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Days M62-M65: The Chief’s Hairdo

28.11.11-01.12.11: 7am on Monday morning, I was just about mustering up the energy to drag myself out of the bed when my mobile rang. It was Lopeti, the port agent from Neptune Shipping. The ship was delayed so I didn’t need to come down the docks until 2pm. After staying up until half three last night getting my blogs uploaded, I was so relieved for the extra lie-in I would have happily danced a jig, if it didn’t mean getting out of bed. So I turned over and went back to sleep. I eventually got up around 10am. Sandy had left for work hours ago. I made myself a massive cup of tea and started getting my things together. At noon came a second phone call from Lopeti: the ship wouldn’t be leaving until tomorrow. Leaving that afternoon is one thing, having to ask the lovely…

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Day M87: Suva Ascending

23.12.11: The good ship Southern Pearl arrived in Suva on last night. However, since we had been to Wallis and there’s a particular breed of snail that exists on Wallis that the Fijians definitely do not want on their island, we weren’t allowed to enter the port until morning, lest one of them naughty snails was hiding on the bottom of an improperly cleaned container and was eluding the snail-hunter-in-chief by hiding in the dark like some crafty badger. So we drifted out in the ocean for the night. You’ve got to be careful when drifting: you can move massive distances, even with the engine off. Hit a reef and it’s game over for your career at sea – you’ll be lucky to escape jail. Do you know how long it takes for a cargo container such as the Pearl (top speed 15 nautical miles per…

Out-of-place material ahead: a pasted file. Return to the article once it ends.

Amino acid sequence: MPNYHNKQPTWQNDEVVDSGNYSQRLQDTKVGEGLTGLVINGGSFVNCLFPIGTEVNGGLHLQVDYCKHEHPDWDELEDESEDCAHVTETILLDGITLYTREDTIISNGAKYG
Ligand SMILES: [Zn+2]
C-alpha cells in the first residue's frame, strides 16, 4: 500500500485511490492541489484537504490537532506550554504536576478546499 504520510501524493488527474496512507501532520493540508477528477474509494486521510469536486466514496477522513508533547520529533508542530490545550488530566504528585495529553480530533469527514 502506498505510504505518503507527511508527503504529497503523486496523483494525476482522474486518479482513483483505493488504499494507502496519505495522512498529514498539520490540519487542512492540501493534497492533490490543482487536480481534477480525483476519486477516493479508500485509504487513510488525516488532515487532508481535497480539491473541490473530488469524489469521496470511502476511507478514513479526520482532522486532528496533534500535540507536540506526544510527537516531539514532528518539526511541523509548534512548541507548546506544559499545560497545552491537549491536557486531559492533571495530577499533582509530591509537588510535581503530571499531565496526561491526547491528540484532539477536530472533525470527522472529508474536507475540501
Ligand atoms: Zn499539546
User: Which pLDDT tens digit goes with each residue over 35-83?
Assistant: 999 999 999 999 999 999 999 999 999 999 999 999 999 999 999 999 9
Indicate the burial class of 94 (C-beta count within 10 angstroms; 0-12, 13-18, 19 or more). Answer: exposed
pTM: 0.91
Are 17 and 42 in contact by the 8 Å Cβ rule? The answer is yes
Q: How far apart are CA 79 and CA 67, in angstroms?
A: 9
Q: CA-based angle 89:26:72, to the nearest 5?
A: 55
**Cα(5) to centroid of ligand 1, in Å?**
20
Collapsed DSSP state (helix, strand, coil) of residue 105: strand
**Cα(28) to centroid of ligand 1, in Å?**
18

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Days M88–M89: A Very Fiji Christmas

24.12.11-25.12.11: Wiping the hangover from my forehead, I exited my bed in a manner reminiscent of a slinky going down the stairs. It was 11.15am. Check out was 10am. Oops. A quick shower and some heartfelt apologies later, and I fell asleep in the TV lounge waiting for the rain to stop. The afternoon of Christmas Eve I darted into Suva Town for a little bit of (traditional) last minute shopping. I needed to get a little gift for today’s Secret Santa. I then headed over to Sandy’s brother’s place and met up with Sandy, Peter and Ann, as well as a bunch of Sandy’s mates a good old fashioned Christmas barbeque. As with barbeques in the UK, it was raining, but since when has that stopped anyone? Peter has just got back from Durban where he was one of the Fijian delegates. Just want to…

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Days M90-M91: The Fijian Chief

26.12.11-27.12.11: Boxing Day was a long, lazy day, but one in which I learnt an important life lesson: if you’re in a small swimming pool and you get everybody in it to run in a circle, you can create a whirlpool. True story. My ticket out of here, the Southern Lily 2, doesn’t leave until after New Year, so I’ve got a week or so to spend mooching about, causing trouble and generally being a crimson-headed nuisance. The day after Boxing Day, a new chief would be installed as head of Sandy’s mum’s clan. I was invited along to the ceremony which would be held in the small village of Buca Levu, a couple of hours drive out of Suva on the eastern side of the main Fijian island of Viti Levu. I’d be a fool to turn an opportunity like this down, and as I…

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Day M92: The Cannibal King

28.12.11: It was just after 9am when I said my fond farewells to Sandy’s mum and the village of Buda Levu. I jumped the bus north towards the town of Rakiraki, wanting to explore the island of Viti Levu a little more. In case you were wondering, ‘Levu’ means ‘Big’, so ‘Viti Levu’ means ‘Big Viti’. Well, actually, it means ‘Big Fiji’, as ‘Viti’ is the Fijian name for their own country: the version we know, ‘Fiji’, is actually a Tongan word. Strange but true! This time of year the days start with a burst of blisteringly hot tropical sunshine, cooking the wet ground and creating a steamy atmosphere: yes you’ll sweat so you might as well get used to it. Around noon the clouds (typically) roll in, but then that’s what makes Viti Levu so marvellously green. The afternoon is given over to the rain…